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Lizzie Porter, The Daily Telegraph, February 03, 2016
British Airways has confirmed it is relaunching direct flights from London to Iran – the first British airline to offer the service in four years.
Travellers will be able to fly direct from London Heathrow Terminal 5 to Tehran from July 14 when the six-weekly service launches.
The flights – available to book from February 4 – will then increase to daily flights from this winter.
Up until now, only the national carrier Iran Air has offered direct flights between London and Iran, as sanctions, travel warnings and poor relations have kept foreigners and investors away from the Islamic Republic.
Iran Air’s London services are limited due to restrictions on the airline using European airspace, so most British tourists en route to Iran have had to fly indirect, often via Istanbul.
Confirming the return of the direct service, Neil Cottrell, British Airways’ head of network planning, said Iran is a “large and growing economy” and that it had “exciting new prospects” , as a tourist destination.
Willie Walsh, British Airways’ chief executive, hinted that the London-Tehran route would return last month, telling a conference the company was “actively looking” at services and hoped Iran would form part of its flight network, in “the very near future.”
The airline suspended flights in October 2012 when British Midland International (BMI) became part of British Airways and the route was “no longer commercially viable”, according to a BA spokesperson.
At the time, tensions between Iran and the UK were high, following the violent storming of the British Embassy in Tehran in 2011 and the subsequent severing of diplomatic relations.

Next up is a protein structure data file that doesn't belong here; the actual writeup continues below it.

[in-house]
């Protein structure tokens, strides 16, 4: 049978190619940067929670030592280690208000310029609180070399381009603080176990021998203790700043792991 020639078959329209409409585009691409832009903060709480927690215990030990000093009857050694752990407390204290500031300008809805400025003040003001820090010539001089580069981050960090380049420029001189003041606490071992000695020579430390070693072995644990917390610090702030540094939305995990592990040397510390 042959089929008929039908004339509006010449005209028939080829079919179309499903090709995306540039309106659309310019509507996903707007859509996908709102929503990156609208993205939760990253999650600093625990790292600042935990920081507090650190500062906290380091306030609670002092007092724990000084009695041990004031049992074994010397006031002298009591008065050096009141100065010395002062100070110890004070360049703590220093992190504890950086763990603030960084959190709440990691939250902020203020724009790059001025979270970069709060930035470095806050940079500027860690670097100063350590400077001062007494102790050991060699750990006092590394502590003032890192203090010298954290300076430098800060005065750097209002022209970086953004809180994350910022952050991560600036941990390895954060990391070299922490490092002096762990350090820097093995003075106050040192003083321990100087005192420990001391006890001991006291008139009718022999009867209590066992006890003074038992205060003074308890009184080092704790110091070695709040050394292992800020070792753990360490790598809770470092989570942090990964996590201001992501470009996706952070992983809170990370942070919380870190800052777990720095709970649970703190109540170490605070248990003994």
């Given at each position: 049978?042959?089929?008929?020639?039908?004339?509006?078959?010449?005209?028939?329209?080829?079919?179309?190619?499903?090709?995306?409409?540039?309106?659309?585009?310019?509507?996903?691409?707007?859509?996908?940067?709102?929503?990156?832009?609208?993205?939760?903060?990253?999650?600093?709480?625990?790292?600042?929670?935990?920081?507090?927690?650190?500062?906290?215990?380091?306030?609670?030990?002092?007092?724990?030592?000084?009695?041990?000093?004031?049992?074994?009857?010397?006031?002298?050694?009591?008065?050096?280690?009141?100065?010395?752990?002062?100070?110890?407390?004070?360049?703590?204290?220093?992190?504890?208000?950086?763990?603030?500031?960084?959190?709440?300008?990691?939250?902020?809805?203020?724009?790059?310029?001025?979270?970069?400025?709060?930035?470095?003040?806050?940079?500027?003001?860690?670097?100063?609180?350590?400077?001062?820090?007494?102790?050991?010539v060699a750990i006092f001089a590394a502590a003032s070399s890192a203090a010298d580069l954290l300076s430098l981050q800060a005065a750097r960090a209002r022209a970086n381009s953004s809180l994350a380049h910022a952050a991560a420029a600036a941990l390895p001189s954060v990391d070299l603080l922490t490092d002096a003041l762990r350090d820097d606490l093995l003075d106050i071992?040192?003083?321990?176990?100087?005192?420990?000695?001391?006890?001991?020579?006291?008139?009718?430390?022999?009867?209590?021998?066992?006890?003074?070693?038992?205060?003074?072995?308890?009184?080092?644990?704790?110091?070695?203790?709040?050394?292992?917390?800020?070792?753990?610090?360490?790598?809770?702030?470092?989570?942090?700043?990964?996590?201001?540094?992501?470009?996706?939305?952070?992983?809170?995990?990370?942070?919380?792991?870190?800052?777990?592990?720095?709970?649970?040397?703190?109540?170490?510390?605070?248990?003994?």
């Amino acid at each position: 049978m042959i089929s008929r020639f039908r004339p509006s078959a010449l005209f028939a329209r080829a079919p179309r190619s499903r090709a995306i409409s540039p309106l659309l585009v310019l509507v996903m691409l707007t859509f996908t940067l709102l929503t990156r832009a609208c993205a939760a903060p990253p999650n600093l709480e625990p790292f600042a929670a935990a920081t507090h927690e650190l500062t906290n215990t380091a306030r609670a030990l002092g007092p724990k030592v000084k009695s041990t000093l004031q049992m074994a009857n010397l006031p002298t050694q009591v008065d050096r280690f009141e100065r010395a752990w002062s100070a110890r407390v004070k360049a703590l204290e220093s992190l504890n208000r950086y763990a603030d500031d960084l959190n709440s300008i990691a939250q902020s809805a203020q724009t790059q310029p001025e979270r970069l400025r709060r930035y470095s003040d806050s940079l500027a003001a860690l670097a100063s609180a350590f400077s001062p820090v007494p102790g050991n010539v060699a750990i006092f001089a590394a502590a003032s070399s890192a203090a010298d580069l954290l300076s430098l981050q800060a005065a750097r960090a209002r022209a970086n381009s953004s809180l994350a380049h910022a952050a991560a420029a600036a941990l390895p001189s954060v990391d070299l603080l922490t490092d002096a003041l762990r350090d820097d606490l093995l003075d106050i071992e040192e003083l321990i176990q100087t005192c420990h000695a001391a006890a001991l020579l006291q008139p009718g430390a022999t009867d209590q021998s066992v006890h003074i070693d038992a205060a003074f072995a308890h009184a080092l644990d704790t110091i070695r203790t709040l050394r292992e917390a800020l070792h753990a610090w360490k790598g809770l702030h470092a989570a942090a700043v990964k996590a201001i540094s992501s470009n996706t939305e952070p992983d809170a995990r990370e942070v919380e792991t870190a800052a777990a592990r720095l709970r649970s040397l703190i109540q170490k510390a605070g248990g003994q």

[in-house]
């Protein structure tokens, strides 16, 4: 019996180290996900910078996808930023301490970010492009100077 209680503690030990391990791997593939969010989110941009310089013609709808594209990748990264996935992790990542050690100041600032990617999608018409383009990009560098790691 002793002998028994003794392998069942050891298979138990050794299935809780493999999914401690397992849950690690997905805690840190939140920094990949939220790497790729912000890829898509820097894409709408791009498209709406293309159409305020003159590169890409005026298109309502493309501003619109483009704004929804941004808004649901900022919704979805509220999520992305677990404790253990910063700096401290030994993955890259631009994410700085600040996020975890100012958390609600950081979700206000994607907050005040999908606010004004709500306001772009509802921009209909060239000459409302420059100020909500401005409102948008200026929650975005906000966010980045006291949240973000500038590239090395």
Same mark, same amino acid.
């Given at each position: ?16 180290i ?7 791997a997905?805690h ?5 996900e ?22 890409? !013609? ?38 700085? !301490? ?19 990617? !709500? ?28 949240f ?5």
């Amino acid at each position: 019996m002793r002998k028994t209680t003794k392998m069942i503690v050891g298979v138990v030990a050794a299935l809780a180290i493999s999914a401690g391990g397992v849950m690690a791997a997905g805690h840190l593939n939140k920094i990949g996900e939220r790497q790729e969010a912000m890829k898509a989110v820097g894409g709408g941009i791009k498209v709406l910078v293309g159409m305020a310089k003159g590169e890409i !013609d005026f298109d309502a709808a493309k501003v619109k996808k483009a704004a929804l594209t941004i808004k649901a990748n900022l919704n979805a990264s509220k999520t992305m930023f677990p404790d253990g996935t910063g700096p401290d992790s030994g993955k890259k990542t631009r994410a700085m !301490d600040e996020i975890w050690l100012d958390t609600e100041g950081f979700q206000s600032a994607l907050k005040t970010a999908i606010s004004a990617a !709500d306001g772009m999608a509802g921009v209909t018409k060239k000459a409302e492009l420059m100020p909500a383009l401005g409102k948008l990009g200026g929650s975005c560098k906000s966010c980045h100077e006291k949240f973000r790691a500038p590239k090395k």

Iran has been playing catch up with its tourism and travel infrastructure since a deal on Iran's nuclear programme was signed with western powers last July, and the UK and Iran re-opened embassies in each other’s capitals shortly afterwards.
Middle Eastern operators such as the low-cost carrier flydubai have launched multiple routes from the UAE into Iran, while Accor Hotels has opened two hotels in the country.
• 11 reasons you should visit Iran
British tour operators have seen a significant increase in demand for holidays to Iran since the British Foreign Office removed its advice against visiting the country last year.
While many countries in the Middle East remain off-limits to ordinary travellers, the relaxed stance towards Iran means foreign visitors can appreciate its dazzling mosques, 19 Unesco World Heritage Sites and dramatic mountain scenery.
Iranians are also benefiting from its bolstered tourism industry, with local tour companies, small hotels and jobs as guides offering employment.
However, restrictions on Britons wishing to visit Iran remain. New US government rules mean that people who have been to Iran in the past five years are not allowed to use its visa waiver scheme, forcing them to pay $160 and endure an appointment at the US Embassy in London to apply for a tourist visa.
Britons are also currently not allowed to travel independently in Iran, and must be accompanied by a guide at all times. Women must wear the hijab, the Islamic headscarf, and alcohol is not available in restaurants, cafes or hotels.
British Airways offered the first scheduled flights between London and Tehran in 1946, during the rule of the last Shah, Mohammad Reza Pahlavi, before the 1979 Islamic Revolution led to hostility between Iran and the west.
Return fares on the new London-Tehran service - operated by Boeing 777s - are from £384 in economy, £728 in premium economy, £2,163 for Business and £3763 for First class.
This article was written by Lizzie Porter from The Daily Telegraph and was legally licensed through the NewsCred publisher network.